HONOLULU, HI — This week in Global Ecology and Biogeography, encouraging news has emerged for one of the world's largest marine herbivores, the green turtle (Chelonia mydas). A new study shows that long-term protection of the sea turtles' nesting beaches is successful in achieving increases in the green turtle populations.
The authors of the article, who research green turtles in Australia, Costa Rica, Japan, and the United States, analyzed nesting data from six of the world's major green turtle rookeries for which there are reliable long-term data of 25 years or more. The analysis shows that green turtle nesting on four beaches in the Pacific (Ogasawara, Japan; French Frigate Shoal, Hawaii, U.S.A.; and Heron and Raine Islands, Australia) and two beaches in the Atlantic (Archie Carr National Wildlife Refuge, Florida, U.S.A.; and Tortuguero, Costa Rica) have increased by an estimated four to fourteen percent each year over the past two to three decades. The increases in nesting varied considerably among the rookeries, most likely because historical and current exploitation of green turtles is different at each site.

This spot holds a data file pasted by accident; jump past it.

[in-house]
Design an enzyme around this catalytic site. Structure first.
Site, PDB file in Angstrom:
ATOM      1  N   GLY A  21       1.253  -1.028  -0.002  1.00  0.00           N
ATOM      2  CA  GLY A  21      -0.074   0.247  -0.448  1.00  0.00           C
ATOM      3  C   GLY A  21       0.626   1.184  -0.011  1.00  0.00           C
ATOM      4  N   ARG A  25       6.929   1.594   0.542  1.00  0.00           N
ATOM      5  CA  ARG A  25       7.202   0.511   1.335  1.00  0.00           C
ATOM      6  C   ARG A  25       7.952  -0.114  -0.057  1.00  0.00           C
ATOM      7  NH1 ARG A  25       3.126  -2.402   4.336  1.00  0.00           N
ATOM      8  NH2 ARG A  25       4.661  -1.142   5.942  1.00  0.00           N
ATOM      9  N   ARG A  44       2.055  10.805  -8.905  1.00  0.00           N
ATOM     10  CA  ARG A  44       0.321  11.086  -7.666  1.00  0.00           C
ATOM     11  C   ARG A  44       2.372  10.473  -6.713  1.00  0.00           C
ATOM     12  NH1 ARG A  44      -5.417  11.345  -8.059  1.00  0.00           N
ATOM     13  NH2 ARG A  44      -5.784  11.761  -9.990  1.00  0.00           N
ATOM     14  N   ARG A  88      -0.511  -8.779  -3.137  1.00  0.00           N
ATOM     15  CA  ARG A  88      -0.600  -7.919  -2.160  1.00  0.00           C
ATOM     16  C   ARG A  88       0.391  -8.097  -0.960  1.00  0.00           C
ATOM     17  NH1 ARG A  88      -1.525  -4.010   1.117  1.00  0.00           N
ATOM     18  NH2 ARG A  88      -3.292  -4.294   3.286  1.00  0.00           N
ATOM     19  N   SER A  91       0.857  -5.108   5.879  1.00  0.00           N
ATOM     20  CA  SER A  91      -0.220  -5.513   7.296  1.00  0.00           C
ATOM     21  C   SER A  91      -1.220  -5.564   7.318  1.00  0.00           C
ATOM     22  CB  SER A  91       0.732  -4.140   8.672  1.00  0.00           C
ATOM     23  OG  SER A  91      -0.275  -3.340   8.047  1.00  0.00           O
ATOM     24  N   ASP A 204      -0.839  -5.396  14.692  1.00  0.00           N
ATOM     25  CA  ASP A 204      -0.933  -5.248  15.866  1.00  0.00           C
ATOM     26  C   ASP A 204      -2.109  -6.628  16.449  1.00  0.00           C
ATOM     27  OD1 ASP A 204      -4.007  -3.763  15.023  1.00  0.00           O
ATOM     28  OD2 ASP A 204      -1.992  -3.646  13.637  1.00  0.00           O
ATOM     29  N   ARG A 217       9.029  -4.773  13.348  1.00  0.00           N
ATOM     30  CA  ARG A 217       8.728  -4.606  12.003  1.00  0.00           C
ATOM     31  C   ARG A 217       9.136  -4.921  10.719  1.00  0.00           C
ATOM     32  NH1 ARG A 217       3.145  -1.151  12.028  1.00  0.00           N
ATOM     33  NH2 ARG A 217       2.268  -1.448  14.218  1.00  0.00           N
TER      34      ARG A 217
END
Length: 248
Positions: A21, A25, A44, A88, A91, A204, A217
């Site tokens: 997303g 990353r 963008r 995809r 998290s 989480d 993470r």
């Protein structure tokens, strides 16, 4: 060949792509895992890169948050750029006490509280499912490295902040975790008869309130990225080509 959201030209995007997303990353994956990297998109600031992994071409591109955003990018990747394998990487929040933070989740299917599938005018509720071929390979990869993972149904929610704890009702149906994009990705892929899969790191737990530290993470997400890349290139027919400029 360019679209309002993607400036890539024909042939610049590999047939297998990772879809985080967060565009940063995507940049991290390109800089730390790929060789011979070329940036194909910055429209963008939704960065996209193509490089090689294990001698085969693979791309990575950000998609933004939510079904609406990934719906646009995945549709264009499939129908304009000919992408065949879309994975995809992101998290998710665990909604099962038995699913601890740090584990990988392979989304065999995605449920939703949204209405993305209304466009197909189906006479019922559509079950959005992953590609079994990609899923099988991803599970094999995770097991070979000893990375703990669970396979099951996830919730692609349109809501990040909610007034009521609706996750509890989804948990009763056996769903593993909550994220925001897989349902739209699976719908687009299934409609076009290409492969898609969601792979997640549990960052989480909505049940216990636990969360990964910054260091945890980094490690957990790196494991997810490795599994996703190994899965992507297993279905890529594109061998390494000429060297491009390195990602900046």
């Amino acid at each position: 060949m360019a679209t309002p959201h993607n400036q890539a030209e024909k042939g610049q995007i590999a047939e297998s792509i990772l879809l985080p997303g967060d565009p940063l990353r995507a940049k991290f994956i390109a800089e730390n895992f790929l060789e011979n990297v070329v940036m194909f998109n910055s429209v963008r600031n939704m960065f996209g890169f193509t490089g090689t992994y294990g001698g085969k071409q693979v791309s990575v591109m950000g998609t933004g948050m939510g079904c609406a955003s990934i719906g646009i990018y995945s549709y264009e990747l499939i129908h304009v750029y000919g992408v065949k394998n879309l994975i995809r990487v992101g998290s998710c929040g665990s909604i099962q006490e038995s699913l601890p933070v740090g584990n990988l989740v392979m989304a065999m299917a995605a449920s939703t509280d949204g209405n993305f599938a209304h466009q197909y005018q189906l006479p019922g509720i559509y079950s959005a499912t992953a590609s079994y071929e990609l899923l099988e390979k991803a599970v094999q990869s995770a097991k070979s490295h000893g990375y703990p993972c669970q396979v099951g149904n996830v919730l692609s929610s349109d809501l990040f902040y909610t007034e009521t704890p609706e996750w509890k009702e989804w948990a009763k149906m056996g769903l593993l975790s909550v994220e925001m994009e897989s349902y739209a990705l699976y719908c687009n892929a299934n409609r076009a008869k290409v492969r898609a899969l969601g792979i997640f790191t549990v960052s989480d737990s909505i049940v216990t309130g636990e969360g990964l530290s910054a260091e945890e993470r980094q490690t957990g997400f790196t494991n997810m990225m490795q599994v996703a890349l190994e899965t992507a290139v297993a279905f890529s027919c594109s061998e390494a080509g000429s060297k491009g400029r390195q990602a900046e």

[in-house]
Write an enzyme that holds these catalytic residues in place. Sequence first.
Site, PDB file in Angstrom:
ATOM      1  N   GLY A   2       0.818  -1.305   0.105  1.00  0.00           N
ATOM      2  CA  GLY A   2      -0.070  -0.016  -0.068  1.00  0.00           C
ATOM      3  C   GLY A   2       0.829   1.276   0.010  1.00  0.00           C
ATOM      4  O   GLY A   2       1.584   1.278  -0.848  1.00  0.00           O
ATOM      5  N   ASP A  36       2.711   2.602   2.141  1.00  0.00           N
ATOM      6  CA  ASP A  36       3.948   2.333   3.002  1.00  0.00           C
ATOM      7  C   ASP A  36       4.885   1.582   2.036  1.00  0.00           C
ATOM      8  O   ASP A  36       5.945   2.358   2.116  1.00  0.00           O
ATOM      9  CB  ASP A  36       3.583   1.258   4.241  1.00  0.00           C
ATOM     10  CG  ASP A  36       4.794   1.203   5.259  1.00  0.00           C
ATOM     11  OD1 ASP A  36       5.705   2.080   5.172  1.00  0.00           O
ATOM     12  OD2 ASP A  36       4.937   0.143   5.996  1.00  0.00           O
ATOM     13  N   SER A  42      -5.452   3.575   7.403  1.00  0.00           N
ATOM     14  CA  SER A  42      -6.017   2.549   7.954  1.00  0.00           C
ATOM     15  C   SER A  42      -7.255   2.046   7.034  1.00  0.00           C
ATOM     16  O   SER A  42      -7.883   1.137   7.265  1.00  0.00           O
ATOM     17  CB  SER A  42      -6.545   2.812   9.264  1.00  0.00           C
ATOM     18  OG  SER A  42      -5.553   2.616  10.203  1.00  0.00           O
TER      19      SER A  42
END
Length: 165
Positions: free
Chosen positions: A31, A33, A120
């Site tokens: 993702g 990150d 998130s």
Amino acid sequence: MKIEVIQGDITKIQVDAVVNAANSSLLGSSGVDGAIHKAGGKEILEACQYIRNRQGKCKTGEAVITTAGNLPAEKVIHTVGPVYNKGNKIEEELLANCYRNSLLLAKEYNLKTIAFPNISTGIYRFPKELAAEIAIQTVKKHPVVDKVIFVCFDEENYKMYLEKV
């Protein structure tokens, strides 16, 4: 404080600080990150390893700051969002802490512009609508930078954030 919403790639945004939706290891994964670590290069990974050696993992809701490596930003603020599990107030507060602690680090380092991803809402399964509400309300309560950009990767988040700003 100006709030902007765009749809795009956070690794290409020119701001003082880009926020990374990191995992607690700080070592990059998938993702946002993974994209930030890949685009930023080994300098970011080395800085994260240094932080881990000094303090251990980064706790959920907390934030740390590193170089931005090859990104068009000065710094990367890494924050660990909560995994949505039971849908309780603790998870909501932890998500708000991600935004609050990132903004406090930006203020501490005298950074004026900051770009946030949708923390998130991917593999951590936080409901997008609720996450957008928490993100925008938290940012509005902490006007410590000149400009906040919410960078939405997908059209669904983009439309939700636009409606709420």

"These results should be celebrated," said Milani Chaloupka, lead author of the report and vice chair of the IUCN Marine Turtle Specialist Group (MTSG). "They demonstrate that green turtle populations and presumably the green turtles' ecosystem roles can be recovered in spite of drastic population declines in the past." Sebastian Troëng, co-author, MTSG member, and senior director of regional marine strategies at Conservation International, said, "This analysis shines a light of hope on marine conservation efforts for endangered species and for biological diversity as a whole. Ambitious strategies including long-term protection of habitats and reduction of survival threats are working, and endangered species can be recovered."
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Scientists Publish Good News for Green Turtles Long-Term Nesting Beach Protection Works
Thursday, 2 October 2008